We are all navigating a storm, but not in the same boat.
The waves may capsize yours while gently rocking mine, or vice versa.
For some, quarantine is a moment of reflection, of re-connection. Easy, in flip flops, with a glass of whiskey in hand.
For others, this is a desperate crisis.
Some experience it as loneliness and isolation.
Others as a time of reconnection with family and friends.
Some lament the absence of a convenience they love.
Others worry about bread for the weekend, or whether the noodles will last a few more days.
Some work in their "home office."
Others have lost their homes and offices.
We criticize those who break the quarantine — but some have no choice, they have to pay the bills.
Others choose to escape, to their country homes or favorite vacation destinations.
Some have experienced the virus, some have already lost someone from it, some are not sure their loved ones are going to make it.
And yet there are some who don't even believe this is a big deal.
Many are getting vaccinated. Some have faith in God and miracles, others lack faith in science.
Some think the storm is passing, others think the worst is yet to come.
So, friends, we are not in the same boat. We are in the same storm. How we perceive it depends on the boat we are in.
And when the storm passes, each of us will emerge, in our own way. Some stronger, some unscathed, some scarred, some on a stretcher, and some will not make it at all.
It is very important to see beyond our own experience.
To see beyond our politics, beyond religion, beyond race, beyond the nose on our faces.
Do not underestimate the pain of others even if we do not feel it ourselves.
Do not judge the good life of one nor condemn the choices of the other.
Let us not judge the one who lacks, nor the one with possessions.
We are all simply on different boats.
Let’s navigate our routes with respect, empathy and responsibility.
I have a question for you – yes you, the one who is reading this article – what is the lesson that you will learn from this pandemic? Do you still believe in the idea that money could bring all the good health and happiness needed in the world. Or does that further unveil the "misconceptions about happiness?"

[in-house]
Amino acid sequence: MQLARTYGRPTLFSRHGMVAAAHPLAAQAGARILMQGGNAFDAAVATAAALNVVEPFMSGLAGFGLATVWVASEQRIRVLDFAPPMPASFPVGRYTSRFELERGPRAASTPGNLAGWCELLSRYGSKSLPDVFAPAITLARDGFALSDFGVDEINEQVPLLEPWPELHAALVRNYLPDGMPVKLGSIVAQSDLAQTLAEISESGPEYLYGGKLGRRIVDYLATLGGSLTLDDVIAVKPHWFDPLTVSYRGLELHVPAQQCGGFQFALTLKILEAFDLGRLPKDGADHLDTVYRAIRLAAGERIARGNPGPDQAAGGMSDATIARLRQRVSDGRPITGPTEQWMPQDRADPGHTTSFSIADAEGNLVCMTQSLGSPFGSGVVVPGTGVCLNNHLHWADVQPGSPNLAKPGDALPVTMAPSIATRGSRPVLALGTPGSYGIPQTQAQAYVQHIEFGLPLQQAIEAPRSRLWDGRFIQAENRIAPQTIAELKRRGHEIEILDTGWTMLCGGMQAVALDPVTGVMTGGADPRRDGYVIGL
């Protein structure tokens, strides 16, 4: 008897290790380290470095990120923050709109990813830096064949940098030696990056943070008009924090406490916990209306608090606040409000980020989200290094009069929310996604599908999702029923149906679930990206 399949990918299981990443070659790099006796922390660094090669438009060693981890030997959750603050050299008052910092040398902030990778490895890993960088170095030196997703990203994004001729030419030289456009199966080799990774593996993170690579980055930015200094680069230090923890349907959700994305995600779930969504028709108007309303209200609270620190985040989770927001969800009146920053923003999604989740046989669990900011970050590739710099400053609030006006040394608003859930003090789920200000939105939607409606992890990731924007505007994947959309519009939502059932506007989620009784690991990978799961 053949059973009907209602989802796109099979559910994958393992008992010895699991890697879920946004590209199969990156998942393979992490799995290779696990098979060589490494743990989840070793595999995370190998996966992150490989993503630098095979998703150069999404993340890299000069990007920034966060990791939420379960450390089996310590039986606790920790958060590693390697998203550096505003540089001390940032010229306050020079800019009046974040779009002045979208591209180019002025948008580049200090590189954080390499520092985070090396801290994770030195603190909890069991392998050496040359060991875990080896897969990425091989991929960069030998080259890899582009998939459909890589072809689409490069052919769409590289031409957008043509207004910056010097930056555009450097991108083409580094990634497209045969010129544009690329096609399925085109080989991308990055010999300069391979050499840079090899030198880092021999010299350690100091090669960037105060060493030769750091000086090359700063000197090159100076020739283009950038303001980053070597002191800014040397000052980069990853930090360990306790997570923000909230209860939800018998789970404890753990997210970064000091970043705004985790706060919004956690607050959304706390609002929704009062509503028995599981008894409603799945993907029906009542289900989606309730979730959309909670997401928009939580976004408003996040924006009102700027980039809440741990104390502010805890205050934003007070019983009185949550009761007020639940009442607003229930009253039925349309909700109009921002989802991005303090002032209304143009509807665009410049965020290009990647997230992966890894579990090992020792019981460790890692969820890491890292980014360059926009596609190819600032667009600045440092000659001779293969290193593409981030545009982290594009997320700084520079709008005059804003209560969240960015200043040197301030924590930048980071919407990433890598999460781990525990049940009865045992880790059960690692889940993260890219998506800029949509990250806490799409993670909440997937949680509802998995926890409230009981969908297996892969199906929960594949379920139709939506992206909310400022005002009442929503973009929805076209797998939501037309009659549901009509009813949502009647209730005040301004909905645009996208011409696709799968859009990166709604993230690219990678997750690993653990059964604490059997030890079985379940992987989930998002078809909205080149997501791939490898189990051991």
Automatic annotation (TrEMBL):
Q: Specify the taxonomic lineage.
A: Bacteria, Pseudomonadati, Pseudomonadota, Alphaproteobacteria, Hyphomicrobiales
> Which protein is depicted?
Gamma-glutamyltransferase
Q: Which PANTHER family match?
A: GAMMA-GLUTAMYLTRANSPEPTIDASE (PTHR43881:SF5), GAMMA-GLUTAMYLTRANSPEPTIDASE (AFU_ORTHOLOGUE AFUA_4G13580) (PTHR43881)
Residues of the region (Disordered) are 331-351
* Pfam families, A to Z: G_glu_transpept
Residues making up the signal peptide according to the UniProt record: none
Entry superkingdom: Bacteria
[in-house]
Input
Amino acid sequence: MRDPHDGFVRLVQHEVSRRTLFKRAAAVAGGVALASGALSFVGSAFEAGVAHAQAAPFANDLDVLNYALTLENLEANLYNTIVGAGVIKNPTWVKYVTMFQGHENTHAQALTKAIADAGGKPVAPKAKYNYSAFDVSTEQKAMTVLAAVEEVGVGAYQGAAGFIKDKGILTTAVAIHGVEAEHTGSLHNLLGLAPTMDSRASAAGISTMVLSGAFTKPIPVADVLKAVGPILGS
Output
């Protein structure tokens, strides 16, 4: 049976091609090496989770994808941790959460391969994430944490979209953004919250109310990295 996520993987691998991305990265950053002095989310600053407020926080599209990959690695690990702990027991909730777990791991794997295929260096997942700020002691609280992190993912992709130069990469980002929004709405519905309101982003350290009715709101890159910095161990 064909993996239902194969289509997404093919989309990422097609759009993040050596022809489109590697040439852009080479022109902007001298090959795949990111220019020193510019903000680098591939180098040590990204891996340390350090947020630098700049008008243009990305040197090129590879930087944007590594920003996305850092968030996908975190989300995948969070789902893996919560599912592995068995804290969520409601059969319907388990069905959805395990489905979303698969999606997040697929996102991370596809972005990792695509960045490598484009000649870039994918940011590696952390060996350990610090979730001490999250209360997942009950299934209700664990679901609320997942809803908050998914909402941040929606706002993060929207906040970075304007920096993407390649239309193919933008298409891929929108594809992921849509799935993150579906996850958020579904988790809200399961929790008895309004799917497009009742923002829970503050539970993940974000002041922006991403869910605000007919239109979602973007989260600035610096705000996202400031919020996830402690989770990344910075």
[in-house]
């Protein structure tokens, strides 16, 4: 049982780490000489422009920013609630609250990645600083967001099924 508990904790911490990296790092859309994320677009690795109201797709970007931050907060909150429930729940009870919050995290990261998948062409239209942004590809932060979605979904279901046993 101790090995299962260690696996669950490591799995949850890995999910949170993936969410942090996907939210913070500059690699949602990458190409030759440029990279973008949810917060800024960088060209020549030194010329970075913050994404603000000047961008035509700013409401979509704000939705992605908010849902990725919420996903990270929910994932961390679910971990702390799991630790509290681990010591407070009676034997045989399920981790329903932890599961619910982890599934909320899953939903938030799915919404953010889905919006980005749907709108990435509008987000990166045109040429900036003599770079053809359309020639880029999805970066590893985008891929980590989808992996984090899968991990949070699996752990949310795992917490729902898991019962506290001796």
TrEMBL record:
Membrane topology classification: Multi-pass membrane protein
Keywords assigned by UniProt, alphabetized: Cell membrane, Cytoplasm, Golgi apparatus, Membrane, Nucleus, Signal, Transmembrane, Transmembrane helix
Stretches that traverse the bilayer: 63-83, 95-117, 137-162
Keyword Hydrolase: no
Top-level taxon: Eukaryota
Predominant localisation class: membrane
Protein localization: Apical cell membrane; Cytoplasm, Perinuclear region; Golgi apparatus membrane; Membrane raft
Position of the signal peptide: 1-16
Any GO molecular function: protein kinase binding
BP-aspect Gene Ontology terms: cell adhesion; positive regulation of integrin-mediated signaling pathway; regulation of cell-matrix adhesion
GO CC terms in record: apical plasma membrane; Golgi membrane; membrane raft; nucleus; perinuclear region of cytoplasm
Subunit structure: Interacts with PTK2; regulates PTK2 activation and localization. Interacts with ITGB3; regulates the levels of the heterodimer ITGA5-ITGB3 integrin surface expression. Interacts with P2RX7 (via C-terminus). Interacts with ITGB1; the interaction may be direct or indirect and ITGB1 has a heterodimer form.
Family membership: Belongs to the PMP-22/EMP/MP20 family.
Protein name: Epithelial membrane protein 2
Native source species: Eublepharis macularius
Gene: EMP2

Just as we can’t serve from an empty vessel, similarly, we have to take extra care of our physical and cognitive health, as then only we can provide that extra support to our family, friends, and neighbors.
Here are a few of my tips to become physically and mentally stronger in these times:
Prioritizing "Meee" time: By practicing self-care, attending to our thoughts and feelings on a regular basis.
Taking frequent breaks: By taking regular breaks from social-media and technology and trying to spend some quality time with nature. Try to feel the fresh breeze and sun rays. It helps to regulate the happiness hormones.
By staying connected: Whether it's your friend, a family member, or anyone close to you. Make sure to talk to someone on a regular basis.
Practice Compassion: By being kind to ourselves and others as well. Sharing that extra meal, meds to those in need, and so on.
Try to maintain a healthy lifestyle: By eating fresh fruits and vegetables, home cooked meals, and exercising on a daily basis and spending time outdoors.
Time management: By prioritizing and not procrastinating. Sticking to the routine will help you maintain the schedule.
Gratitude journaling: Last but not least, by maintaining a gratitude journal wherein you make a list of a minimum of five things that are happening to you that you are grateful for.
Sharing and practicing compassion will not only help the needy, but at the same time it will provide us with a sense of accomplishment, peace, and gratitude. No matter how much you earn in your life, this kind of feeling is priceless! Try to do that small bit, in whatever small way you can. Remember help can be in any way because every part matters! Keep sharing and keep spreading the contagious feeling of joy and true happiness It’s the need of the hour!!
What’s the biggest learning from this Pandemic?
“Nothing is in our hands, but still we need to wash them.”
Anamika is a an Eversparks Counselor and Counseling Psychologist who is currently working with a multi-specialty hospital in Bangalore, in addition to her global private practice. Practicing for over six years, she specializes in self-esteem issues, anxiety, stress, abuse, and couples counseling. Outside of her practice, she is pursuing her PhD in Clinical Psychology, and partners with several NGO focused on women's empowerment, and the support of women and children in need of counseling and therapy services.